But that leads to other questions ! ? I can only find WTM&E Vol 1 as 2nd hand (and no sign of a Vol2) but there does seem to be a 2020 book published by Echo Point which is a 'print on demand' and is 'Woodcarving' with a subtitle of 'Tools and Equipment'. Is this the same book ? I've got most of your other books so does this one add to the material in the on line course ?
Sorry to send such a 'barrage' of questions ! Kind regards David
| 08 June 2018 14:31
Gordon - I don't have anything to add myself, I'm afraid, not having that problem. However, I did put "oil to stop tools rusting" into Google and found some interesting information that might be new to you.
Search more there?
| 07 June 2018 05:02
Chris, any recent opinions on how to protect the steel of tools from corrosion? I note that some people get good results with WD40, and that is easy to obtain. I live in Hong Kong, where the humidity is often off the charts, so I need some protection, apart from using dehumidifiers. I note that Veritas suggests the use of silicon-free paste wax, but not sure I can get that here.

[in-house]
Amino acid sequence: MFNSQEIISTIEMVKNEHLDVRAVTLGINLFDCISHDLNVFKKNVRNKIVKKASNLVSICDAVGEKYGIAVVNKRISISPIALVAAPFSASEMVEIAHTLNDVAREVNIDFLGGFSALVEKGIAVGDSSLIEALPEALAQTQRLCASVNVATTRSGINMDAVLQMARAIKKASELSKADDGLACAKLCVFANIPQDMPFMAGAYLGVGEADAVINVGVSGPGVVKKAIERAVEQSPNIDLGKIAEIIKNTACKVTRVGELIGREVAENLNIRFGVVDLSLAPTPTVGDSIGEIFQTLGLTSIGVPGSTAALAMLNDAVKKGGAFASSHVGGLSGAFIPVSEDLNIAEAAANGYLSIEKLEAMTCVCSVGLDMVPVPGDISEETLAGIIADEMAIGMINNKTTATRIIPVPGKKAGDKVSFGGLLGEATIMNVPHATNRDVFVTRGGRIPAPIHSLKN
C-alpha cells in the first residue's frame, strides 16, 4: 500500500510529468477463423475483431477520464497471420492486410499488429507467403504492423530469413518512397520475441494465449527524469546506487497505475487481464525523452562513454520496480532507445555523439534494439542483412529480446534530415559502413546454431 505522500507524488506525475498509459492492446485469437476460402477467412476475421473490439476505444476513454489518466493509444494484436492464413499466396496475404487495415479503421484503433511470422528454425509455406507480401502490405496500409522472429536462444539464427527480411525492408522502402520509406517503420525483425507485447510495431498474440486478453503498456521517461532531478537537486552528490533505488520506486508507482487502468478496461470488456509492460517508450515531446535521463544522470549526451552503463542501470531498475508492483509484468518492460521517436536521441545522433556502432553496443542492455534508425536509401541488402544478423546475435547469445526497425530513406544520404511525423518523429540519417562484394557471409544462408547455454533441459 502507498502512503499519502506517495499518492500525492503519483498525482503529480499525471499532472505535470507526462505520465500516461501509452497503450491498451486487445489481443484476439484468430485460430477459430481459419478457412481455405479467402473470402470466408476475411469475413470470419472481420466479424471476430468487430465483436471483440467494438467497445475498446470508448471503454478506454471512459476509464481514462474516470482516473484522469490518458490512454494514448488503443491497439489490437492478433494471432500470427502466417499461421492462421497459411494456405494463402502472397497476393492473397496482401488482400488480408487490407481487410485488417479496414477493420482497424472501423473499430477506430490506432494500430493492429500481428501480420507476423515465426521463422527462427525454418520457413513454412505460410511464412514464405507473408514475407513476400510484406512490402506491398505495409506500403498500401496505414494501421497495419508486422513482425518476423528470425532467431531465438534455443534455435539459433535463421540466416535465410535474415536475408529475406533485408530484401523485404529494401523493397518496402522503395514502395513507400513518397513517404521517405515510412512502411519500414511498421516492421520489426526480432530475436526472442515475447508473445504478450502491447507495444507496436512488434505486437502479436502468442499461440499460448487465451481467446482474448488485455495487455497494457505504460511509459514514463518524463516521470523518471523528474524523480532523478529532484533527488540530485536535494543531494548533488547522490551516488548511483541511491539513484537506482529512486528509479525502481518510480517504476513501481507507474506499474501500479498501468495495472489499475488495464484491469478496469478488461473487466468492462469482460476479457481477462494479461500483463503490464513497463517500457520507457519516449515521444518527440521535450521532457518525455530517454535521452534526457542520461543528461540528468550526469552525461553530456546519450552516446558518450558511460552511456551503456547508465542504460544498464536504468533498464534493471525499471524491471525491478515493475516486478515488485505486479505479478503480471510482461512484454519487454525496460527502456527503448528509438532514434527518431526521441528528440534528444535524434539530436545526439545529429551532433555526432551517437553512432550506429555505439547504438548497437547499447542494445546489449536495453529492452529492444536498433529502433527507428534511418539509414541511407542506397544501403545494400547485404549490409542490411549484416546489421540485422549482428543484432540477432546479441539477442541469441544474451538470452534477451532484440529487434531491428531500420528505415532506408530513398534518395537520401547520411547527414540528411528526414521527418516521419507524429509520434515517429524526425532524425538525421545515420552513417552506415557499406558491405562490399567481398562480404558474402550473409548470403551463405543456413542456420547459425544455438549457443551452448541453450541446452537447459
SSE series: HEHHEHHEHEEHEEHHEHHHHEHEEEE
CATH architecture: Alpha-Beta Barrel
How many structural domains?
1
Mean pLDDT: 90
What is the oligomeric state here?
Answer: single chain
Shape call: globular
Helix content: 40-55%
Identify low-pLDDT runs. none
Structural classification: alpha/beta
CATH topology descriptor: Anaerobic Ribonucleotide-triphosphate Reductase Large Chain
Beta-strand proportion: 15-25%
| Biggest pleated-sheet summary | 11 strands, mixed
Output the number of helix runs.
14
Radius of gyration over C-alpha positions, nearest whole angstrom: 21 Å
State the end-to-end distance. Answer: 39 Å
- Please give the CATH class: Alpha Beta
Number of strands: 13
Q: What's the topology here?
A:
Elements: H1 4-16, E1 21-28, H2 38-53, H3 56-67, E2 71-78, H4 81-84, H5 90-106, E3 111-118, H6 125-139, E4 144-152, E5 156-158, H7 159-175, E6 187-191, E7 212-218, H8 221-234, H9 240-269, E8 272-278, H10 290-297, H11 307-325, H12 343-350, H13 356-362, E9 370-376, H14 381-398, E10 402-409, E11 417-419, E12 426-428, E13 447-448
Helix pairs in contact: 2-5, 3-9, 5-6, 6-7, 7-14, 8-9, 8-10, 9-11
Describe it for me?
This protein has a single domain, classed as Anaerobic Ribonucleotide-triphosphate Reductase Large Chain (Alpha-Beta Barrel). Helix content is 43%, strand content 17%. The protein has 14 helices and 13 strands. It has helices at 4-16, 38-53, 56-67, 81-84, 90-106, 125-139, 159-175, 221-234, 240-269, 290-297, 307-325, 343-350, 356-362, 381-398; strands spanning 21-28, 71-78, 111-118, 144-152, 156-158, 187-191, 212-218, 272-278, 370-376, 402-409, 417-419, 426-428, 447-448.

| 25 March 2017 15:30
1. Camilla oil comes from woodcarving supply houses, in several sizes. It can be used very sparingly. I also use it on iron planes and tools. Use it very sparingly because not much is needed. It's a tradition protection for Japanese tools, which will rust if you look at them sideways.
2. In contrast, I learned online that a good lubricant for something like saws (and other working tools), is 3-in-1 Oil, or other mechanical oil that will not spontaneously combust. Very important, spontaneous combustion when we oil a tool for storage. Of course, oiling a saw or other tool (such as the sole of a bench plane) to make it cut better gets oil on the wood.